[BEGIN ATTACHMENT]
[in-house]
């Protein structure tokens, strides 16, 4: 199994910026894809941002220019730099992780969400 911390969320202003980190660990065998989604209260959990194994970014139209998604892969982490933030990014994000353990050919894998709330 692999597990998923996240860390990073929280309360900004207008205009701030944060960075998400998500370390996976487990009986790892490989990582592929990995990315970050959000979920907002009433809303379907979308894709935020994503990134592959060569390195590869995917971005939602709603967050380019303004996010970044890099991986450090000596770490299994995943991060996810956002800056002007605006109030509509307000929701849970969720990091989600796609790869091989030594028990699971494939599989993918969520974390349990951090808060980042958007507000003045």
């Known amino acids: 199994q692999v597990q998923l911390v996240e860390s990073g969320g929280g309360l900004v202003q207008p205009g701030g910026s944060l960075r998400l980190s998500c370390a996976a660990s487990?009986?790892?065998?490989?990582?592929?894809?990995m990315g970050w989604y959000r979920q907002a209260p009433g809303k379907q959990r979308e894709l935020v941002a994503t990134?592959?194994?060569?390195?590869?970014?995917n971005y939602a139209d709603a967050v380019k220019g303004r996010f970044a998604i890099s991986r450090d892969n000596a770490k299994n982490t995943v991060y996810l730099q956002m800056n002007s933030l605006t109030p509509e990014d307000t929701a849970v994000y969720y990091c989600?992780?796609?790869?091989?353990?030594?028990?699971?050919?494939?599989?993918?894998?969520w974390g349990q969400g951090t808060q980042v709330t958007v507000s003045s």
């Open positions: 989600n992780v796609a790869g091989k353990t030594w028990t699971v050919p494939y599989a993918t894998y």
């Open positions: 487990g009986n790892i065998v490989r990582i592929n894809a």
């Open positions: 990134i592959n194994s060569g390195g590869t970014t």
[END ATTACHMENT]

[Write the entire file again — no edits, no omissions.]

[in-house]
């Protein structure tokens, strides 16, 4: 199994910026894809941002220019730099992780969400 911390969320202003980190660990065998989604209260959990194994970014139209998604892969982490933030990014994000353990050919894998709330 692999597990998923996240860390990073929280309360900004207008205009701030944060960075998400998500370390996976487990009986790892490989990582592929990995990315970050959000979920907002009433809303379907979308894709935020994503990134592959060569390195590869995917971005939602709603967050380019303004996010970044890099991986450090000596770490299994995943991060996810956002800056002007605006109030509509307000929701849970969720990091989600796609790869091989030594028990699971494939599989993918969520974390349990951090808060980042958007507000003045």
């Known amino acids: 199994q692999v597990q998923l911390v996240e860390s990073g969320g929280g309360l900004v202003q207008p205009g701030g910026s944060l960075r998400l980190s998500c370390a996976a660990s487990?009986?790892?065998?490989?990582?592929?894809?990995m990315g970050w989604y959000r979920q907002a209260p009433g809303k379907q959990r979308e894709l935020v941002a994503t990134?592959?194994?060569?390195?590869?970014?995917n971005y939602a139209d709603a967050v380019k220019g303004r996010f970044a998604i890099s991986r450090d892969n000596a770490k299994n982490t995943v991060y996810l730099q956002m800056n002007s933030l605006t109030p509509e990014d307000t929701a849970v994000y969720y990091c989600?992780?796609?790869?091989?353990?030594?028990?699971?050919?494939?599989?993918?894998?969520w974390g349990q969400g951090t808060q980042v709330t958007v507000s003045s």
């Open positions: 989600n992780v796609a790869g091989k353990t030594w028990t699971v050919p494939y599989a993918t894998y």
């Open positions: 487990g009986n790892i065998v490989r990582i592929n894809a």
């Open positions: 990134i592959n194994s060569g390195g590869t970014t």